Who turned the lights out for world­wide Earth Hour?

Auckland City Harbour News - - News - From P1

home in­su­la­tion and draw­ing the cur­tains to re­tain heat will make a dif­fer­ence.

Mr Rands says the ethos of Earth Hour fits per­fectly with Eco­s­tore, his en­vi­ron­men­tal­lyfriendly busi­ness in Free­mans Bay.

The store fea­tures eco-friendly house­hold prod­ucts and dur­ing Earth Hour, the Rands fam­ily’s six-piece ukulele band will per­form by can­dle­light.

“In 1986, I lived on a North­land prop­erty that backed on to land owned by the Con­ser­va­tion Depart­ment. The wa­ter flow­ing on to the land was clean and it made me think about how clean it was flow­ing off the land again with all the house­hold prod­ucts.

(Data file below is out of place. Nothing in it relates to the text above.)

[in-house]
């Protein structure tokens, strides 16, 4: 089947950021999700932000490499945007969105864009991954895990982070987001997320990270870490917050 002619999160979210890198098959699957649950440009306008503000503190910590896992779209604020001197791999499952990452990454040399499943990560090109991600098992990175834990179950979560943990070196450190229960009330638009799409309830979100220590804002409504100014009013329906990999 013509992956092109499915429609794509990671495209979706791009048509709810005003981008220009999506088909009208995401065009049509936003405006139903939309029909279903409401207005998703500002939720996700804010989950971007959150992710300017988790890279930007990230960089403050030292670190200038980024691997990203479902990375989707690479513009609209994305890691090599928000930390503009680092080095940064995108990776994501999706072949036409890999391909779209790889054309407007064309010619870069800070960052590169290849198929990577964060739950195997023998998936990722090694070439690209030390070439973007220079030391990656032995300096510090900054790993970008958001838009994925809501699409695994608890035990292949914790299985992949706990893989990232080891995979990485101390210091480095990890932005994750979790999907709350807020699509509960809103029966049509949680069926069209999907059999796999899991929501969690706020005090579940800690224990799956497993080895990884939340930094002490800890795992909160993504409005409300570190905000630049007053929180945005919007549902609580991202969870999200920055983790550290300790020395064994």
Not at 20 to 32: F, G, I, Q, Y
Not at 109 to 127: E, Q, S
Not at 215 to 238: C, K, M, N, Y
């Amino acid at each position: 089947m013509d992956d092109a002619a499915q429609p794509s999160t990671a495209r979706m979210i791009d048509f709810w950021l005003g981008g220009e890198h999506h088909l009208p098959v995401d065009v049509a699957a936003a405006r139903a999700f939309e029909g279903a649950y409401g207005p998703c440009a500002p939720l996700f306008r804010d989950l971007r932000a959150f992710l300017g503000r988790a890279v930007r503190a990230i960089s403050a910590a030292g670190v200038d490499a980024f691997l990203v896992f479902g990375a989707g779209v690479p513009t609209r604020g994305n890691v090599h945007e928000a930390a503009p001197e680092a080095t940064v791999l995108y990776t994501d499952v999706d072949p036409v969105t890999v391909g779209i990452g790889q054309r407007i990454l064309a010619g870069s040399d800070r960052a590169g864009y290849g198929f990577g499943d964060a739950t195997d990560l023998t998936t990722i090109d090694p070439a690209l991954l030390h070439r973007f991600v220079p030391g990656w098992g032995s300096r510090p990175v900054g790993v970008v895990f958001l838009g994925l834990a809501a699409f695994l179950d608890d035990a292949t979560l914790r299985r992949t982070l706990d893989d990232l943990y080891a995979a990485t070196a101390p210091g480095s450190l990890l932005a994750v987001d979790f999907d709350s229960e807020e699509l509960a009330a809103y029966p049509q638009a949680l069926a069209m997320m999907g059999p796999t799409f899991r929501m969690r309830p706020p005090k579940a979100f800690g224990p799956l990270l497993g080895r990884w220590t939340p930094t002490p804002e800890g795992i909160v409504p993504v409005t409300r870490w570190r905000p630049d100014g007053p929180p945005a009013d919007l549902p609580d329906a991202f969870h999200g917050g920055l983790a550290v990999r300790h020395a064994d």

“When I found out what was in the prod­ucts, I was out­raged,” he says.

He says staunch or­ganic gar­den farm­ers of­ten do not give any thought to their house­hold prod­ucts.

“I planted a gar­den in mum’s back­yard. As part of my re­search I picked up a book on or­ganic gar­den­ing and never looked back. I thought: ‘Why would you do it any other way’?”

The 54-year-old has re­ceived two en­vi­ron­men­tal awards from the Auck­land Re­gional Coun­cil and a green rib­bon from the New Zealand En­vi­ron­ment Min­istry.

Earth Hour aims to reach out to one bil­lion peo­ple in 1000 cities, which Mr Rands says is an achiev­able goal.

SkyC­ity chief ex­ec­u­tive Nigel Mor­ri­son says Earth Hour sup­ports a se­ri­ous global cause.

“You can see the Sky Tower from just about any­where in the Auck­land area, which will be a great re­minder for every­one to hope­fully join in them­selves.”

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